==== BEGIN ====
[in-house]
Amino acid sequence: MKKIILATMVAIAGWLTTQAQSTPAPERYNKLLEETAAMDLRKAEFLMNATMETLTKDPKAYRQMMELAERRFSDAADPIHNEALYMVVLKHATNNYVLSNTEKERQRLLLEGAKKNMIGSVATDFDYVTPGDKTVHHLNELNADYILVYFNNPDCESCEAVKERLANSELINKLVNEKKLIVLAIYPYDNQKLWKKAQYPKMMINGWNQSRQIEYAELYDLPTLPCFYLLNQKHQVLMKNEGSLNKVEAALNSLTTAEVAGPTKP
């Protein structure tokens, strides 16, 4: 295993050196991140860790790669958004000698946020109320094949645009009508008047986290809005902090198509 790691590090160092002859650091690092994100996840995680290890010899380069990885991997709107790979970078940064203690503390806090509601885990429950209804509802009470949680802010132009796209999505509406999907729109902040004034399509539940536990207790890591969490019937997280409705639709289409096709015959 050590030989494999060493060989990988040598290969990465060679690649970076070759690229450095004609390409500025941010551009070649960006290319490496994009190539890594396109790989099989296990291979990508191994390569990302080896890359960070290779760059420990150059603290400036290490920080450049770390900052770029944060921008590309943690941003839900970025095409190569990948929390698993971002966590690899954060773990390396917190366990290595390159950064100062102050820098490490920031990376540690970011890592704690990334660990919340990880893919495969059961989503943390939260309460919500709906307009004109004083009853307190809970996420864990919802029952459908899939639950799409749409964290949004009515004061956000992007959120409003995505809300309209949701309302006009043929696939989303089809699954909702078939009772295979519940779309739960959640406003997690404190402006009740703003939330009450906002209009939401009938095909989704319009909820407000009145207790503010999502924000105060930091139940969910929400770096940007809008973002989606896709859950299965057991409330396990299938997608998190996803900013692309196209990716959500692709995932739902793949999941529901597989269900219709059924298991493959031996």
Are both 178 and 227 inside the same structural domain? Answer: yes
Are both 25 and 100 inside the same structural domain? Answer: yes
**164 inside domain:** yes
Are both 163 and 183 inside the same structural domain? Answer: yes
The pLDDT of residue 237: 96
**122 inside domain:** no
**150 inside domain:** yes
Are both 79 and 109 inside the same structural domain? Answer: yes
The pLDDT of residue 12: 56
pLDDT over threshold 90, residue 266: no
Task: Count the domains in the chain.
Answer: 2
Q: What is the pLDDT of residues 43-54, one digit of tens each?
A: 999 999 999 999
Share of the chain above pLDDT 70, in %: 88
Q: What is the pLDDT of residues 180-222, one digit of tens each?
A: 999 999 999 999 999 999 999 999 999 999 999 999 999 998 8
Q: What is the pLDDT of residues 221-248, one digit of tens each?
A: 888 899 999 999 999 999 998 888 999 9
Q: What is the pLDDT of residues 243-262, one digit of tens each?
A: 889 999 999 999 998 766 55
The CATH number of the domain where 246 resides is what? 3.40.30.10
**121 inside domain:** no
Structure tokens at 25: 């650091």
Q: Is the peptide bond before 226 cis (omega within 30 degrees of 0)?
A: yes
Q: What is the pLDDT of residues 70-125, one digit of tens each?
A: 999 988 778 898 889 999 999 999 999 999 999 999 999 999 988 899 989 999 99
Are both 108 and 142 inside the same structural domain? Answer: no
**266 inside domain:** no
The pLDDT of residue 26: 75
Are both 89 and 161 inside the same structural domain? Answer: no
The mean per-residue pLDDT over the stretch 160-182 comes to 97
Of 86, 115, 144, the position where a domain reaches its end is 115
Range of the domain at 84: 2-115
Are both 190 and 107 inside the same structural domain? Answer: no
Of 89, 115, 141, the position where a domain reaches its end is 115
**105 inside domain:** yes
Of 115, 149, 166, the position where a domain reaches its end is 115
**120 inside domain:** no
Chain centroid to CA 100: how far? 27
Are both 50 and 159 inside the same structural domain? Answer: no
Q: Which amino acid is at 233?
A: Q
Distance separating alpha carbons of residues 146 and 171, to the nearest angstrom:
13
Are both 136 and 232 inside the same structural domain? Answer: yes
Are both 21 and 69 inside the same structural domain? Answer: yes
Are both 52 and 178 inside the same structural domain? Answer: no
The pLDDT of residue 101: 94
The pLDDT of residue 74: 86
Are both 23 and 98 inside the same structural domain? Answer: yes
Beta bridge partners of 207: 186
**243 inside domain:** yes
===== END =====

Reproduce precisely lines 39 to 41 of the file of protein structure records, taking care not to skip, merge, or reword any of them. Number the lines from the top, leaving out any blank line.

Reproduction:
Are both 190 and 107 inside the same structural domain? Answer: no
Of 89, 115, 141, the position where a domain reaches its end is 115
**105 inside domain:** yes